Our objective is first to characterise the long-term chromo-spheric variability of M dwarfs based on the largest sample so far, regardless of whether it is cyclic. We then wish to compare these properties with photometric variability whenever possible to build a global view of this long-term variability. We also address the dependence on stellar parameters. Finally, we produce a list of stars with interesting variability, which is useful for exoplanet studies and as targets for future stellar variability observations. The outline of this paper is the following. In Sect. 2 we present the stellar sample, the chromospheric emission indices (Ca, Na, and Hα) used in the analysis, and the selection process for the data. We present the results in Sect. 3 and conclude in Sect. 4.

2 Data and analysis

In this section, we first describe the stellar sample and the HARPS data used in the analysis. The activity indices are defined first, and the selection process of the spectra are defined second.

2.1 M dwarfs observed with HARPS

We first built a list of known M dwarfs by crossing two main catalogues, Gaidos et al. (2014) and Winters et al. (2014). The latter was updated with Winters et al. (2021), which did not add any target, and was then completed with the release of the Gliese and Jahreiss catalogues (Stauffer et al. 2010) and the 100 closest systems gathered by the Research Consortium On Nearby Stars (RECONS1; Henry et al. 2018). This list of stars will also be used in a companion paper (Mignon et al. 2023) in which we study the RVs of M dwarfs in the solar neighbourhood.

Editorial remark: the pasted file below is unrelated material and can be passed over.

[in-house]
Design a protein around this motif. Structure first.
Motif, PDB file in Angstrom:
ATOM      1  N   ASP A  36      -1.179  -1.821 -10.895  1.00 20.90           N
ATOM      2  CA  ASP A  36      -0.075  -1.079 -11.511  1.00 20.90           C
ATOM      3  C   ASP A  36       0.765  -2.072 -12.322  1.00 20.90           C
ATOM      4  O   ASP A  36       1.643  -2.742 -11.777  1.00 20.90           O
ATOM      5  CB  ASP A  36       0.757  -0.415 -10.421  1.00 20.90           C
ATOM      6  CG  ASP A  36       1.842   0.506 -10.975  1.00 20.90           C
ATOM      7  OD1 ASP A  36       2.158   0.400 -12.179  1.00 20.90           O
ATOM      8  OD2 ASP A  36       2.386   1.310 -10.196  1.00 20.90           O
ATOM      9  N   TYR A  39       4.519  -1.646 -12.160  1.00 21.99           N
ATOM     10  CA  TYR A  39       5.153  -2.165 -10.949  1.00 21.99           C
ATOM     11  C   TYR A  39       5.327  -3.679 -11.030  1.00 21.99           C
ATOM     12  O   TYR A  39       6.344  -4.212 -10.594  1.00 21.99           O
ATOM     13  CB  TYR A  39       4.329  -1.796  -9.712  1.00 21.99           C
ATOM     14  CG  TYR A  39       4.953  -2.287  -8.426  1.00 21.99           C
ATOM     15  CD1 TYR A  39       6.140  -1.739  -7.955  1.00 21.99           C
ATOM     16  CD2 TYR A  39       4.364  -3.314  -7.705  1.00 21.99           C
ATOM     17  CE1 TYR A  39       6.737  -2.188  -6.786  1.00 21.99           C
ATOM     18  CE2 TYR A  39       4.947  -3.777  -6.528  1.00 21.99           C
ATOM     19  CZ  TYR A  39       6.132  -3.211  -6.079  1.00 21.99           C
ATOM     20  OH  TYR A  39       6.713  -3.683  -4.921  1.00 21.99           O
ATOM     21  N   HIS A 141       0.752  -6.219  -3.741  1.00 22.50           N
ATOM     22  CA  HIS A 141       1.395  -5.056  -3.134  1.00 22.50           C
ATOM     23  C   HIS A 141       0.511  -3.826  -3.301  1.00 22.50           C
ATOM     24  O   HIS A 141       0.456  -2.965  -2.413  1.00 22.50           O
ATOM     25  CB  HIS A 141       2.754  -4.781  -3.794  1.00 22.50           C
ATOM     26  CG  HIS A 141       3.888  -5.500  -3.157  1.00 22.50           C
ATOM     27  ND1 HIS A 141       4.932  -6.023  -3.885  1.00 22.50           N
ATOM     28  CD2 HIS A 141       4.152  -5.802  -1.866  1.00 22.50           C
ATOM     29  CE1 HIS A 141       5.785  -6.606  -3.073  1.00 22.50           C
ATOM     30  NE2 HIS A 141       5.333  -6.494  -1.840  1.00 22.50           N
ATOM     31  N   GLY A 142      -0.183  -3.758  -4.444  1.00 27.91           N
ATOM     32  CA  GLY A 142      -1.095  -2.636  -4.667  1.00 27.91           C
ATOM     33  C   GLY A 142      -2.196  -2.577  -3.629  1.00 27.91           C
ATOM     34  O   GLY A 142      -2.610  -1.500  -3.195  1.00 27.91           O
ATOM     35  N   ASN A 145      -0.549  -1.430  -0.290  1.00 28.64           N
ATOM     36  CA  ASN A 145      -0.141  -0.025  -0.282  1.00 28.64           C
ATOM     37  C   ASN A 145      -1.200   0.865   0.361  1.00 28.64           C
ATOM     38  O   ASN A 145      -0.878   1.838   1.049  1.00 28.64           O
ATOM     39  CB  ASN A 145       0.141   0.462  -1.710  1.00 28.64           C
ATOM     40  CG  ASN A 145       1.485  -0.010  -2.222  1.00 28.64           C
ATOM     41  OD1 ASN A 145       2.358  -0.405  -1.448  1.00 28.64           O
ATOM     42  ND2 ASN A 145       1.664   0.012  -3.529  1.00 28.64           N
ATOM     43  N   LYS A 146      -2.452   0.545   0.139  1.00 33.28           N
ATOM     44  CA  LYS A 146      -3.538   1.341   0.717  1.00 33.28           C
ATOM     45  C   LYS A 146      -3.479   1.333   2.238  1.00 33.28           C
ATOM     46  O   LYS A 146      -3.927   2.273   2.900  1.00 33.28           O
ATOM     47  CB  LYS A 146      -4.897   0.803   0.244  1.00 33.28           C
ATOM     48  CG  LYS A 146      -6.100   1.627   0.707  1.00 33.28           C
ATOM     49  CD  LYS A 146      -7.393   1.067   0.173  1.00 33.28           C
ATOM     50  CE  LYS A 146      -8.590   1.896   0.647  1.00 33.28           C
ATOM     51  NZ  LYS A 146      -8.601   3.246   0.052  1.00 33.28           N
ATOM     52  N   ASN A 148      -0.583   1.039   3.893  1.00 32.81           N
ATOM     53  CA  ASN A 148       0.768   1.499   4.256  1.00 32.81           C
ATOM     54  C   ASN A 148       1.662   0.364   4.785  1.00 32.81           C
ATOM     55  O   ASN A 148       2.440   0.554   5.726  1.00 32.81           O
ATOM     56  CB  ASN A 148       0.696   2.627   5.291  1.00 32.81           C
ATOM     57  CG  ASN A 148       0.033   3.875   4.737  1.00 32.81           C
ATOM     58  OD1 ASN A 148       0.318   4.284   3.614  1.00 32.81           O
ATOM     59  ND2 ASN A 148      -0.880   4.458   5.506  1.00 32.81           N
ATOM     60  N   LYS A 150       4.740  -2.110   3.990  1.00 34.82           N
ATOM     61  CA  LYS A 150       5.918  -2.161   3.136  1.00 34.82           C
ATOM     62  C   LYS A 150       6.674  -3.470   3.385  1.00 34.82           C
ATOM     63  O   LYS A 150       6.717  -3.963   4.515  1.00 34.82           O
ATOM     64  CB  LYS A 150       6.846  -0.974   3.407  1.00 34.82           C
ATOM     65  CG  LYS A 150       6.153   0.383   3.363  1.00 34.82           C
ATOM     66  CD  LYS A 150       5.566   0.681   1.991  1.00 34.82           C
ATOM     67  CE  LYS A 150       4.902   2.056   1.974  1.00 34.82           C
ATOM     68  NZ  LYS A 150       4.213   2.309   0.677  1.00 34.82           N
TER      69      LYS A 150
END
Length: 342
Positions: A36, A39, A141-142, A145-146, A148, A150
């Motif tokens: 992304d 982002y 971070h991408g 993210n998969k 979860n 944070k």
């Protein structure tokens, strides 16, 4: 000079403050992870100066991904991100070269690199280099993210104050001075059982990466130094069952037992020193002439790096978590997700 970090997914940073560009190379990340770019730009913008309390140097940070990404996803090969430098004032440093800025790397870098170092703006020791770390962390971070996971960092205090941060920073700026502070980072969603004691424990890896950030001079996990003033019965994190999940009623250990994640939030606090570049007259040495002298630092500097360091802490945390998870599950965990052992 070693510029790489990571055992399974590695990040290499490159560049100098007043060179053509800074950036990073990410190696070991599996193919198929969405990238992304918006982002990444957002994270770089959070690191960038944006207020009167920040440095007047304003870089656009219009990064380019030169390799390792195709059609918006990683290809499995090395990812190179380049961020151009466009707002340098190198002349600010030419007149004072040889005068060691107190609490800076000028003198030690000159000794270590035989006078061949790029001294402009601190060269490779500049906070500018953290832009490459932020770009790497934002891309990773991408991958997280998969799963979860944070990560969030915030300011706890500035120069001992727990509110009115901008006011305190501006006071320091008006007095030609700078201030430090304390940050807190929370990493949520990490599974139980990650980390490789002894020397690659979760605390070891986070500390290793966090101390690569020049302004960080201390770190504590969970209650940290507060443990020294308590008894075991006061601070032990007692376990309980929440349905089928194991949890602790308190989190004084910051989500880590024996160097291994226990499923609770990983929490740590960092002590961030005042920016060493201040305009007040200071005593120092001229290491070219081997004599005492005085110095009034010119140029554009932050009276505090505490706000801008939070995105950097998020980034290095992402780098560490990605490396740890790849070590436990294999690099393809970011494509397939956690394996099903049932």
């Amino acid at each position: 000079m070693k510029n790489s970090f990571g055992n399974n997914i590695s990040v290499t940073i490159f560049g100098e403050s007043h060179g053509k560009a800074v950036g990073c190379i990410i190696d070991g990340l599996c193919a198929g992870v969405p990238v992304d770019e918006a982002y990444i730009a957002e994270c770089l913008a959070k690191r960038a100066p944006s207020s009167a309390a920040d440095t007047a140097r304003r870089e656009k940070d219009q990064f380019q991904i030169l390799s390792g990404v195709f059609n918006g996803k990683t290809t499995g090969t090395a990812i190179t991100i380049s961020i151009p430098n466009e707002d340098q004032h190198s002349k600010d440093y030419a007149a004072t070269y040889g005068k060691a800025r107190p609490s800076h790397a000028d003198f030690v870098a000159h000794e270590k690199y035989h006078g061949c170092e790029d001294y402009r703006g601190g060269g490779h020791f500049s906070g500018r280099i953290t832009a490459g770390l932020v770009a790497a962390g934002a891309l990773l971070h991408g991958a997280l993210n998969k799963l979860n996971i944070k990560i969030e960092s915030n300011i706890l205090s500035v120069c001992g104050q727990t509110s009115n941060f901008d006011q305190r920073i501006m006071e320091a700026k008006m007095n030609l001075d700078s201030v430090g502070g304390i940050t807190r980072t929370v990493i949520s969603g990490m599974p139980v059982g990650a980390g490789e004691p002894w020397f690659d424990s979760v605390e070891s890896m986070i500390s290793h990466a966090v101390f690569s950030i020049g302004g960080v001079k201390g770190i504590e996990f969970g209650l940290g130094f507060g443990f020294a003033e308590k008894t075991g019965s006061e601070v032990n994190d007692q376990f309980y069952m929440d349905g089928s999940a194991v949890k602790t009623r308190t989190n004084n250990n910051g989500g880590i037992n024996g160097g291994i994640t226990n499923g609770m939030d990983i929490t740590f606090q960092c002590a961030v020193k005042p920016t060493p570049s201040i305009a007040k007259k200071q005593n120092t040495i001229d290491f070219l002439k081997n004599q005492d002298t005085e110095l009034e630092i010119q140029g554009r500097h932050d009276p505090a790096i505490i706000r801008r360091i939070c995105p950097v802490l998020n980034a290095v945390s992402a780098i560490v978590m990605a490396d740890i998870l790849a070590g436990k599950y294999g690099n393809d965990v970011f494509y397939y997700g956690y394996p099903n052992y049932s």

We then crossed this list of M dwarfs of the solar neighbourhood with the database of public spectra taken with the high-accuracy RV planet searcher (HARPS) installed on the ESO 3.6 m telescope at La Silla Observatory in Chile (Mayor et al. 2003). Each spectrum covers the 380–690 nm spectral range, spread over 71 orders, with a median resolving power of 115 000, and is wavelength calibrated with a high accuracy. All observations are downloaded on the ESO archive (spectral data products query form2) and come from several observation programs of M dwarfs (listed in the acknowledgements): this represents about 15 000 spectra from January 2003 to June 2019 for 490 stars.

Table 1

Wavelength bands.

2.2 Activity indicators

To estimate the chromospheric contribution of the activity, we computed the S-index in three emission lines: the Hα line, the H and K line of ionised calcium, and the sodium doublet. The Na lines form in the lower chromosphere (Mauas & Falchi 1994; Andretta et al. 1997; Fontenla et al. 2016), the Ca II H and K lines in the middle chromosphere (Mauas & Falchi 1994) to the upper chromosphere (Mauas 2000; Houdebine 2009; Fontenla et al. 2016) and the Hα line in the upper chromosphere (Mauas & Falchi 1994; Fuhrmeister et al. 2005; Houdebine 2009; Leenaarts et al. 2012; Fontenla et al. 2016).

We integrated the emission in the three bands in the windows given in Table 1, which was then divided by the flux into two continuum bands for each index. Wavelengths and band-widths were taken from Kürster et al. (2003), Gomes da Silva et al. (2011), and Astudillo-Defru et al. (2017). The Ca index was corrected to ensure consistency with the Mount Wilson program with the law derived in Astudillo-Defru et al. (2017) from the comparison with Wright et al. (2004), (1)